It’s Just A Phase! –


  • Sewing
  • Writing
  • Working out at the gym
  • Playing guitar
  • Playing clarinet
  • Scrapbooking
  • Needlepoint
  • Cross stitch
  • Quilting
  • Horseback riding
  • Birds
  • Cats
  • Geneology
  • Dogs
  • Biking
  • Girl Guides
  • Hiking
  • Camping

This is a partial list of the various phases through which I have gone so far in my life.  I remember my parents asking, when I was getting into something new, if I was really serious or whether it was just a phase?  Somehow in their minds this tied into whether or not it was worth putting money and time into supporting my efforts.  I have, in fact, caught myself thinking the same thing when the kids decided they desperately needed calligraphy pens, collections etc.  I realize that there are some developmental stages that kids go through which parents only survive by telling themselves, “It’s just a phase, it will pass!” but the thing about the things on my list is I was absolutely serious about all of them.  At the time that I was into riding it was all I thought about.  I worked hard to learn all I possibly could about horses and riding and there were hours of sweat and labour involved.  I loved every minute of it, but then it passed.

 

I am here to talk about the value of the phase.  Much maligned, it is in those periods of intense focus on one activity or another that we gain knowledge, proficiency, sometimes expertise in that area.  Long after the phase has disappeared  from our daytimers, that skill and knowledge remain with us and help to inform our further pursuits.  It is remarkable the connections that come up when you are doing something seemingly unrelated.  Things you did when working with horses turns out to work well with other animals, and or people.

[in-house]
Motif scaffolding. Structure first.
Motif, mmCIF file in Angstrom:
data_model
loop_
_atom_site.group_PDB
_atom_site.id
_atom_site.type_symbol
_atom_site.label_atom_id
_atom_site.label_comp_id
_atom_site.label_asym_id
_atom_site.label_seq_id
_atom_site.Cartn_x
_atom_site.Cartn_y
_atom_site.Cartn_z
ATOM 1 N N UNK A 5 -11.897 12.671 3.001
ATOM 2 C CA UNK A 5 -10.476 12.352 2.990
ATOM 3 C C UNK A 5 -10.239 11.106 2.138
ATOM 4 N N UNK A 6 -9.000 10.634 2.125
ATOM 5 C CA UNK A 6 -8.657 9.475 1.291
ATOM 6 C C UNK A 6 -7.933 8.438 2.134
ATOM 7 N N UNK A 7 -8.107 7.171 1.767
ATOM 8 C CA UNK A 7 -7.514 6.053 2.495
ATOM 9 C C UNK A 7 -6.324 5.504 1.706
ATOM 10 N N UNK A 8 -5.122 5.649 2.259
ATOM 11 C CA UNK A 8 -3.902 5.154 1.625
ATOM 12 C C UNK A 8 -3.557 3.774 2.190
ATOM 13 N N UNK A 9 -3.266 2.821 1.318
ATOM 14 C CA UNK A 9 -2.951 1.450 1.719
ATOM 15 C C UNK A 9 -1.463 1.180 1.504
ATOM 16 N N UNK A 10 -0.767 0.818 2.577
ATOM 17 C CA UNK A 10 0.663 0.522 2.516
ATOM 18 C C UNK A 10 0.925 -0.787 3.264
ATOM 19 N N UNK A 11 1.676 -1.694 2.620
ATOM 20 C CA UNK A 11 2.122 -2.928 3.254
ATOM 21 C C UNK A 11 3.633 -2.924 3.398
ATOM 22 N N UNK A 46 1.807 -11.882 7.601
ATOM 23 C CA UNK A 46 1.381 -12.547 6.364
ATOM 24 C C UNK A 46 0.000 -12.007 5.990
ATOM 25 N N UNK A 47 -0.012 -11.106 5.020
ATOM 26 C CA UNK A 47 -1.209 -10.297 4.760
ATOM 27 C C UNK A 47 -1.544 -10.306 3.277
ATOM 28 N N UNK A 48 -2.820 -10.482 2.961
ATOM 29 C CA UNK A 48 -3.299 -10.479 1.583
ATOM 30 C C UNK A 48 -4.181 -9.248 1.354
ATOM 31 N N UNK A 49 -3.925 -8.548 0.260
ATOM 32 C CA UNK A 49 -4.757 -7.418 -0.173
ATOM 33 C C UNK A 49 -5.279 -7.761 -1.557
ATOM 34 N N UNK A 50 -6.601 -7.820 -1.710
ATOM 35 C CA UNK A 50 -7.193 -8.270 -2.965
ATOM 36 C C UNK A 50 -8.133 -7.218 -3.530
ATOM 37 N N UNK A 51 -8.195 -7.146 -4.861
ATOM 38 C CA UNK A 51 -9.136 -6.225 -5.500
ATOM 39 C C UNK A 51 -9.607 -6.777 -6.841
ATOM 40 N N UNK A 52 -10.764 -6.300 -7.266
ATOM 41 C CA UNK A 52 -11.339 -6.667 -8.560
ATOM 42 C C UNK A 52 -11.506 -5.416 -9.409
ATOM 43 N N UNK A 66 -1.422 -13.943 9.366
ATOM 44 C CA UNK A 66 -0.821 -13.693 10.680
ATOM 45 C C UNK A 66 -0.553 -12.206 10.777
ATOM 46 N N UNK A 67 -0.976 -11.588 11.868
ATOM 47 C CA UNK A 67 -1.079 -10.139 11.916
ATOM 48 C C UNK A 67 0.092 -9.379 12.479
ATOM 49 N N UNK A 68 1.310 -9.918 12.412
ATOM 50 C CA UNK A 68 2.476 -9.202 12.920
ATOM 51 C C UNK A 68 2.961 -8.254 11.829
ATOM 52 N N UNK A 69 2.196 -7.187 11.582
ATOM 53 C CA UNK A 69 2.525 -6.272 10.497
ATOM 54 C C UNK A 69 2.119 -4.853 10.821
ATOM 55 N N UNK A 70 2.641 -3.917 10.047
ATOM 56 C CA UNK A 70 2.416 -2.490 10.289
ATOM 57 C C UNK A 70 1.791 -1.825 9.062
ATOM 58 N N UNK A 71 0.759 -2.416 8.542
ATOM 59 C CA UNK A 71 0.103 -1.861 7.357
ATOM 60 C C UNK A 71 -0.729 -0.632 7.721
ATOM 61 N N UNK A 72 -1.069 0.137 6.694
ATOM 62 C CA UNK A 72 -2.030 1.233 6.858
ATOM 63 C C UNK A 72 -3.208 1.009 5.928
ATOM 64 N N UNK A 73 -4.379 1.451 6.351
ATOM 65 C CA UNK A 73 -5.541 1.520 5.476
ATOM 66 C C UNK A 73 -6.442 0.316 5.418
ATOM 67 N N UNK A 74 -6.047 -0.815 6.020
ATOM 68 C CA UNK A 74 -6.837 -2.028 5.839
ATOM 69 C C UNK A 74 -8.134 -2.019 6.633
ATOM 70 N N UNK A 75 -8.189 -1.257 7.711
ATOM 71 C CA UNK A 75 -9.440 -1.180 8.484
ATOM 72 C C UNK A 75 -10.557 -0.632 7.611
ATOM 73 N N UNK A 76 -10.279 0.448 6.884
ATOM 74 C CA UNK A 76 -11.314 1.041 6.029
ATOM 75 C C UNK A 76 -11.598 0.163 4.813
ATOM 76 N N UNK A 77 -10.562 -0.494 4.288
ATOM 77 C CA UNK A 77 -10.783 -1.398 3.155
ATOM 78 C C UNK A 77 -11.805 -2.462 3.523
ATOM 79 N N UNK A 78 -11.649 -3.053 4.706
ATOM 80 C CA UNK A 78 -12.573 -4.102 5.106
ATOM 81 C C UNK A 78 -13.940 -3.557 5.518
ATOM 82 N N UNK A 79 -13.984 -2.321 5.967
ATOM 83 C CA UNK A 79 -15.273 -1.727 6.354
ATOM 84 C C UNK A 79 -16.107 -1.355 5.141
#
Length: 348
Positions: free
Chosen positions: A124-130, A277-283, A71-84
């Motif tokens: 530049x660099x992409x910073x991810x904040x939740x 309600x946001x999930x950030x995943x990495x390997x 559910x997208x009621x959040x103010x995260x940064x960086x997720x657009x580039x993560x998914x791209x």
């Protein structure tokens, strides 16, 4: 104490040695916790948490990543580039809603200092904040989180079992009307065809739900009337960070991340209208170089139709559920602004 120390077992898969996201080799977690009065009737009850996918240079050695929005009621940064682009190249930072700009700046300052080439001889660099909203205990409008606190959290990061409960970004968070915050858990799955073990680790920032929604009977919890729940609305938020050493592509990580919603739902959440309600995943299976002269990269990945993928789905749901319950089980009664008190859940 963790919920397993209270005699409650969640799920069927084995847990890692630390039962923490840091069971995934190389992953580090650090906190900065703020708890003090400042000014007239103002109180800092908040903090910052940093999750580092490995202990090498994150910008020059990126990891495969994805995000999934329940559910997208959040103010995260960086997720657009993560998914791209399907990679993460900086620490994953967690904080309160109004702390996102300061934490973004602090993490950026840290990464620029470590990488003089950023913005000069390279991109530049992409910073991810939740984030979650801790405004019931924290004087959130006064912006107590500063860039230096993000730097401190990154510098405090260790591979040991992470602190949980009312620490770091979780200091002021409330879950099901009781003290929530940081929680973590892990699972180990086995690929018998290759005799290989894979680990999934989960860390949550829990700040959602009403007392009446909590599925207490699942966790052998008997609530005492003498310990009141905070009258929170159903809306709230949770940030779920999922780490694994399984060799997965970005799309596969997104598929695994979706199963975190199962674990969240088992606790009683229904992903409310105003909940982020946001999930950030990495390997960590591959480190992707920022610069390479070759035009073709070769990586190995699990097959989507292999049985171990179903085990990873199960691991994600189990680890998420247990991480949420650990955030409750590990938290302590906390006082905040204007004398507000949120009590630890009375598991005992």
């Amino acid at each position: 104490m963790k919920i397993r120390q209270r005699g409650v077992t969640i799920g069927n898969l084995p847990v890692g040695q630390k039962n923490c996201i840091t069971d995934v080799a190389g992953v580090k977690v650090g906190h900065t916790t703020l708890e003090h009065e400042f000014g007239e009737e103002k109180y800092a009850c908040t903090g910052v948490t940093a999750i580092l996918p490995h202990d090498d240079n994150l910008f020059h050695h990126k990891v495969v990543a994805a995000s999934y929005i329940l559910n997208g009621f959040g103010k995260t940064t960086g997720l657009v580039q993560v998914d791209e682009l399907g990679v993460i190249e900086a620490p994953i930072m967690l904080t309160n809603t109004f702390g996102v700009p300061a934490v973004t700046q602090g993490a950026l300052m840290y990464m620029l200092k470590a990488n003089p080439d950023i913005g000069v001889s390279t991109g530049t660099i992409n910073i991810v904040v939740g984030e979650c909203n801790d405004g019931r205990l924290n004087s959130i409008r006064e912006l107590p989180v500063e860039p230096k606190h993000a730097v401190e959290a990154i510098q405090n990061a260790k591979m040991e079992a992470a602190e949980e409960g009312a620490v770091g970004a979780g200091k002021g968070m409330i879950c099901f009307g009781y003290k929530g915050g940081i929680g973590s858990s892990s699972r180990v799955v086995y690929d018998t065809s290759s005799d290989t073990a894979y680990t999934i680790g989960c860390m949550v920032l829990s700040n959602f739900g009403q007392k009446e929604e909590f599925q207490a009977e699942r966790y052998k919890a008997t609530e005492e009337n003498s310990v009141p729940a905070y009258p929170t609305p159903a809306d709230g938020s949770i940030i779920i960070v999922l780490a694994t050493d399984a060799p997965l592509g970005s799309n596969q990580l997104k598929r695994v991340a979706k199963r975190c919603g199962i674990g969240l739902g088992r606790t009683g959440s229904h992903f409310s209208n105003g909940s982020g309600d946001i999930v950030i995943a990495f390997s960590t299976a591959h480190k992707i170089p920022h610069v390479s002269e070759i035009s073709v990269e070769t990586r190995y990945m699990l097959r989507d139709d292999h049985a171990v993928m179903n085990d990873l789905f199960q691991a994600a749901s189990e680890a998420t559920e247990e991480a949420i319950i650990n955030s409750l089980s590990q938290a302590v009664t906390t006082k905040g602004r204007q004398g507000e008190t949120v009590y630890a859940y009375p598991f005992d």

When I have pondered my calling over the years I often gave thought to all those skill sets I have and wondered what path they were pointing to.  There were times when I considered mission as an obvious answer.  In the end, I think that more than anything they have equipped me to make connections with a great variety of people.  I am just as comfortable in a conversation with farmers and college professors, teens and ‘little old ladies.’  It is in this way that I believe I have been prepared to give pastoral care.  I may not be useful in the church kitchen, but I can talk with and coordinate with those who are.

So…here is to the phase, may we enjoy many more of them!

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